November 2012 issue: Time to celebrate

Life, as we know it, has given us millions of reasons to celebrate every day. And yet we hardly even notice, let alone appreciate them.

November 2012 issue cover
November 2012 issue

A man and his wife were dining at a table in a plush restaurant, and the husband kept staring at an old drunken lady guzzling her whisky as she sat alone at a nearby table. Finally, the wife asked, “Do you know her?” “Yes,” said the husband with a sigh, “She’s my ex-wife. She took to drinking right after we divorced seven years ago, and I hear she hasn’t been sober since.” “My God!” said the wife in astonishment, “I can’t believe she’s celebrating for that long.”

It’s a joke but it exposes an underlying truth about how we have come to view celebration: as a rare phenomenon, and something that we are supposed to indulge in only occasionally. So we celebrate annual events like birthdays, anniversaries and festivals like Diwali, Christmas and Id. Or special occasions such as weddings and graduations. The rarer the occasion, the bigger is the celebration. This really means that the commonplace, everyday events of life don’t get celebrated. This, unfortunately, is the real joke.

Life, as we know it, has given us millions of reasons to celebrate every day. And yet we hardly even notice, let alone appreciate them. Just the rising of the sun each morning is reason enough to celebrate. That’s what Oprah Winfrey meant when she said, “The more you praise and celebrate your life, the more there is in life to celebrate.”

For the 6th anniversary issue, we invited two people who have mastered the art of celebrating life, to share tips and tricks so that we too can learn to praise and celebrate life.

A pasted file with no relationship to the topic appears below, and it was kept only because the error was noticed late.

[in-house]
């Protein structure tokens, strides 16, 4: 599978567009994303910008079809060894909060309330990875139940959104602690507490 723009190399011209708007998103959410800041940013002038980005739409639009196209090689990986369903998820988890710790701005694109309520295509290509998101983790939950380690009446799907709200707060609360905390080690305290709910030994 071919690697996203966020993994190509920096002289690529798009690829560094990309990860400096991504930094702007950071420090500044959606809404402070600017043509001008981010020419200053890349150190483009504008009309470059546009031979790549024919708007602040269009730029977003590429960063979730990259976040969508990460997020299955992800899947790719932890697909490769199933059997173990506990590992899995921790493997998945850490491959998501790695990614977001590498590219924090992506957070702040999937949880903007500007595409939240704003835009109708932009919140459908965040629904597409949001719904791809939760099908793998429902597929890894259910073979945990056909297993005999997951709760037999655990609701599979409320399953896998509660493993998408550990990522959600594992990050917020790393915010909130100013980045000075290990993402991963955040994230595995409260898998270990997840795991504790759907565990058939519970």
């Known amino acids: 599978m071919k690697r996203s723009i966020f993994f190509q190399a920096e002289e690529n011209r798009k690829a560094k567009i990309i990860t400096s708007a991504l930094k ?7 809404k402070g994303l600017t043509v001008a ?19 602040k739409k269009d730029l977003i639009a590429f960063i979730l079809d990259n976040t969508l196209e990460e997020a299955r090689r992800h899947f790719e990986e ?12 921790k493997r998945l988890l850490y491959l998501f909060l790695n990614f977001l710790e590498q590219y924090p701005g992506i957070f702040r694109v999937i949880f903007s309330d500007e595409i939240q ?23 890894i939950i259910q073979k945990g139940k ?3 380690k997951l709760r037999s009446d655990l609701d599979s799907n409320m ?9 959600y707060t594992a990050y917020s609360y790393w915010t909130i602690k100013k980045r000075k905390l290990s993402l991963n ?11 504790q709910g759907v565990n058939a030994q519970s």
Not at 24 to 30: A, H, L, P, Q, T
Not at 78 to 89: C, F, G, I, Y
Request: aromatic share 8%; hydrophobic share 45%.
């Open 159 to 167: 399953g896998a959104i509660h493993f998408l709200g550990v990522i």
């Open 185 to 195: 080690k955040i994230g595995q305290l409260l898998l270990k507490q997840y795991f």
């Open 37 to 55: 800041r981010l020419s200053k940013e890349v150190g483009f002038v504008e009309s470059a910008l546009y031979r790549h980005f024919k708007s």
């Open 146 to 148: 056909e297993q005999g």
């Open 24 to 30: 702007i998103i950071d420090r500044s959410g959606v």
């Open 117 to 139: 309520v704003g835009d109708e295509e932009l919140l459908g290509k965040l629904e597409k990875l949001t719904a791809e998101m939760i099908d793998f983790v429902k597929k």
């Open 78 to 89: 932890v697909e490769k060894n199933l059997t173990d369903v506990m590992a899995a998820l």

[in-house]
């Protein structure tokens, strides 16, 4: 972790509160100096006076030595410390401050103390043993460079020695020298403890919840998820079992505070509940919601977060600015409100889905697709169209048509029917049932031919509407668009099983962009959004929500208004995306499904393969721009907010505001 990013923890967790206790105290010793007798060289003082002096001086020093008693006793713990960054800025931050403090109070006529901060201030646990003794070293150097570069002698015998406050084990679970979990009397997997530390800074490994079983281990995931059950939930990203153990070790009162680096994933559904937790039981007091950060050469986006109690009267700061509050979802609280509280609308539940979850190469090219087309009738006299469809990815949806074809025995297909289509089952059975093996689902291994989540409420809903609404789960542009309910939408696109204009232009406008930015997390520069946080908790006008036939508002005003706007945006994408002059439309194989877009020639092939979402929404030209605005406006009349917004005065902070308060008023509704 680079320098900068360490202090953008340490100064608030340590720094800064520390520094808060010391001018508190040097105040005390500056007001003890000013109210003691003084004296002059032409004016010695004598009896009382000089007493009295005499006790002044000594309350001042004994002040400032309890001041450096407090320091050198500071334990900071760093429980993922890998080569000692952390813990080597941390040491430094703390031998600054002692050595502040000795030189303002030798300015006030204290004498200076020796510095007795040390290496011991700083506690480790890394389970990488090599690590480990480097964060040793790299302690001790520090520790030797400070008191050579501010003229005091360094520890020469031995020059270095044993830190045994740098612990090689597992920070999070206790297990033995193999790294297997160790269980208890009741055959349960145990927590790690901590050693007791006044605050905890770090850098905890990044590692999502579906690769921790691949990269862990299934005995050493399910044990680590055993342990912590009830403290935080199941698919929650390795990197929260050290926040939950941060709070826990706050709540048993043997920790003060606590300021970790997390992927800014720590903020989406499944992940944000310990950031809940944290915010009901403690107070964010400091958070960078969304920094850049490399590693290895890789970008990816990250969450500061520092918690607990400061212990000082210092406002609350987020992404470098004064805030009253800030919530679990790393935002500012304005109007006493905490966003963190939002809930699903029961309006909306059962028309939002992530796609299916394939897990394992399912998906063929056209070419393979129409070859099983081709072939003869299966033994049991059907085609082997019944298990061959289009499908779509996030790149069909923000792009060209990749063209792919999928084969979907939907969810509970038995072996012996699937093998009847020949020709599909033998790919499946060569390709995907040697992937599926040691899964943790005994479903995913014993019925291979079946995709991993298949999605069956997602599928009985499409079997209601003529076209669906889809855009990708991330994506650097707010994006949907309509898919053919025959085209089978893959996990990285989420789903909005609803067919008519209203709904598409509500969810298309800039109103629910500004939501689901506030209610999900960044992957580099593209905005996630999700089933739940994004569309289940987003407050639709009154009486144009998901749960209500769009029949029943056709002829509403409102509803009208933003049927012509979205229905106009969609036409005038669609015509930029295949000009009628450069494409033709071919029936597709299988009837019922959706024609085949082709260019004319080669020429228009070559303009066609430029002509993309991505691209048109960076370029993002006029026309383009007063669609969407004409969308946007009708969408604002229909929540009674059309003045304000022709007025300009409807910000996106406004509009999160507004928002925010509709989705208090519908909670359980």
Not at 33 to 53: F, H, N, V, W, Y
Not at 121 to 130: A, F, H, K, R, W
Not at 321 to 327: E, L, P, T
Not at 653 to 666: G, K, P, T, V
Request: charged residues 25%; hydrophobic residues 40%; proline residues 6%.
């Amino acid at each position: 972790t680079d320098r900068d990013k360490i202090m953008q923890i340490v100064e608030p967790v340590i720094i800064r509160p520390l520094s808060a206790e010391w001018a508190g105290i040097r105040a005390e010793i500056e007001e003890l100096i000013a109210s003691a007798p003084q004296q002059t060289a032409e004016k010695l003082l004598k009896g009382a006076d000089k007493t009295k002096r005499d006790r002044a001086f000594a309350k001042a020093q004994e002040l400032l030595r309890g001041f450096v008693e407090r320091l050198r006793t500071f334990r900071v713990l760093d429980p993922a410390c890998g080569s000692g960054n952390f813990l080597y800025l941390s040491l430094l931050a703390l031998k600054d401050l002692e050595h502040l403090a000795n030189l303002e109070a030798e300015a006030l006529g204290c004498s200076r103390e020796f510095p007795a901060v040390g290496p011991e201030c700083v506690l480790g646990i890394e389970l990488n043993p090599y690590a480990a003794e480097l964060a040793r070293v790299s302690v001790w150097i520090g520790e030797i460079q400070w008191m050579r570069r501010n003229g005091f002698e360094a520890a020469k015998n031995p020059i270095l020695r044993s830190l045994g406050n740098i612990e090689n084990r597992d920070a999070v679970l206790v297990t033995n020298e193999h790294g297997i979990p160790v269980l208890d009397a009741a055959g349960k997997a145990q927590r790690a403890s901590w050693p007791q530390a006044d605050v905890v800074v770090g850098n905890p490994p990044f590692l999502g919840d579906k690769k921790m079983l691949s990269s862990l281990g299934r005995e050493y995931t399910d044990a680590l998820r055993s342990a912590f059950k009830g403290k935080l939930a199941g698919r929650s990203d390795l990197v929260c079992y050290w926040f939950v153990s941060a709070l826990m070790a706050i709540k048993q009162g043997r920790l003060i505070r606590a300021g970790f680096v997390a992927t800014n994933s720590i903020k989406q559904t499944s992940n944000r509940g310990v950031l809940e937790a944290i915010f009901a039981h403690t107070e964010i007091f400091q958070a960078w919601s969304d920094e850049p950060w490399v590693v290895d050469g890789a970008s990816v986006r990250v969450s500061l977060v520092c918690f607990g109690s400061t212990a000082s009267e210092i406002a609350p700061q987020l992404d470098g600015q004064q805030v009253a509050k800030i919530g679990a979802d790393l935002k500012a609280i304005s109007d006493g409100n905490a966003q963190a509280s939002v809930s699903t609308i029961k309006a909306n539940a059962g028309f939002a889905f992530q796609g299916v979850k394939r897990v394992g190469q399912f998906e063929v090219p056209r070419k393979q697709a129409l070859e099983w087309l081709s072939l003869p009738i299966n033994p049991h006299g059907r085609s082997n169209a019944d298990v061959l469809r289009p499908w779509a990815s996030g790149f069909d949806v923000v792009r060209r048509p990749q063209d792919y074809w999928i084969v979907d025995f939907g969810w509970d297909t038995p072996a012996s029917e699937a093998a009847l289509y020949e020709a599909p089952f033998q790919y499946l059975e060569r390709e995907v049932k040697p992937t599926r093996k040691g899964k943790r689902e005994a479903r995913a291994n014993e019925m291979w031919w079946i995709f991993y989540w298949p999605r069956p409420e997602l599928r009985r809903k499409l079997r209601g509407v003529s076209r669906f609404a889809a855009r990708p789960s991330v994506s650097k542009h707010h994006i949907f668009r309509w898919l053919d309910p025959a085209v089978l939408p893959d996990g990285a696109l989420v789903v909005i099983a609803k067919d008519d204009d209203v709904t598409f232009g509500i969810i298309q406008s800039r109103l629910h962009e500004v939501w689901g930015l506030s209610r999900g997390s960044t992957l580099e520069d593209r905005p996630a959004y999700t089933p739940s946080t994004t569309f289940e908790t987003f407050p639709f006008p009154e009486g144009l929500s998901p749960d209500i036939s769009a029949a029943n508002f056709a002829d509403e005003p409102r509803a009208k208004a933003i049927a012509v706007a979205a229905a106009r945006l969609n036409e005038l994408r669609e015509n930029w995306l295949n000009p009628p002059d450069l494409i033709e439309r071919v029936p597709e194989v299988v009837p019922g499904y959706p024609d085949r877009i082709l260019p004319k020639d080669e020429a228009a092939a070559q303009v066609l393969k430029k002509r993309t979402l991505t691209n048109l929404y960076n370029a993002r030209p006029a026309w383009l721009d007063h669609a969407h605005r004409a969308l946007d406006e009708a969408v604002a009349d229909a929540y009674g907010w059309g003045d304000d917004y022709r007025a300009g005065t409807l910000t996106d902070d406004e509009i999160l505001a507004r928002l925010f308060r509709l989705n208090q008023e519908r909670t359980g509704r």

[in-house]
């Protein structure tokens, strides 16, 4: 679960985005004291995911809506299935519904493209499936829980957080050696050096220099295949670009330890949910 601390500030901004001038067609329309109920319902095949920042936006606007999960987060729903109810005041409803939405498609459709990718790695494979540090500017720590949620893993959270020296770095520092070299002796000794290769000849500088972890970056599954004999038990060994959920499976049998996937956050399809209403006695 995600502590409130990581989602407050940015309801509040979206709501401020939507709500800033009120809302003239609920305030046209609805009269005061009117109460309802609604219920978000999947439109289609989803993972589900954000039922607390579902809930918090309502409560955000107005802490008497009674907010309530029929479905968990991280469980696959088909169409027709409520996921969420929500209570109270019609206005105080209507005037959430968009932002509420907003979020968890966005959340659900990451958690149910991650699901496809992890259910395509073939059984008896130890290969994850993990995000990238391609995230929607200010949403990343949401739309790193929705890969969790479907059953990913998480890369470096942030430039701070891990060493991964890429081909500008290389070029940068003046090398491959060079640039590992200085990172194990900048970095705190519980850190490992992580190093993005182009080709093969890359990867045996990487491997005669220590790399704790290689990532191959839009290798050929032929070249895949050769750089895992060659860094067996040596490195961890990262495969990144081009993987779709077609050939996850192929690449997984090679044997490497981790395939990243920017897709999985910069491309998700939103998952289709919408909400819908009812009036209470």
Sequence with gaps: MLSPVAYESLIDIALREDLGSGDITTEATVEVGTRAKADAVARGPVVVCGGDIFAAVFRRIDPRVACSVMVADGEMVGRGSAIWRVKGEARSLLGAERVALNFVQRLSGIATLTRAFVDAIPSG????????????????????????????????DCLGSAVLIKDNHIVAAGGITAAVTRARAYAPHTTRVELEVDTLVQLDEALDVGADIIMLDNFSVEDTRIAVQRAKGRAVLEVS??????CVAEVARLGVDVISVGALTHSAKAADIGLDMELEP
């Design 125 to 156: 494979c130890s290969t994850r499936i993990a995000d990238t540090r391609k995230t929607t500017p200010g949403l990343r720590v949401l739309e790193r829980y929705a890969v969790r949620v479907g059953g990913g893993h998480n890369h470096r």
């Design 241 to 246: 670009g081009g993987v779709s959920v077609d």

First, Mark Black teaches us why it is more sensible to celebrate the journey rather than just the destination; while we stay with the former for much longer, the latter is too short-lived. His ideas are easy to understand, yet have the potential to make you view your life differently. Read the full story here.

In the follow-up story, celebrated fashion designer Wendell Rodricks takes us through one day in his life. Based in a remote village in Goa, Wendell convinces us, through his profoundly visual narration, why life is simply beautiful. His story is a real-life example of how we can celebrate each day.

Once you grasp the essence of these stories, you will see the grand miracles of your daily life, and will know how to celebrate every single day of your life—best of all, you won’t need any whisky to go along.

Manoj Khatri
Manoj Khatri has spent the last two decades learning, teaching and writing about wellbeing and mindful living. He has contributed over 1500 articles for several newspapers and magazines including The Times of India, The Economic Times, The Statesman, Mid-Day, Bombay Times, Femina, and more. He is a counseling therapist and the author of What a thought!, a critically acclaimed best-selling book on self-transformation. An award-winning editor, Manoj runs Complete Wellbeing and believes that "peace begins with me".


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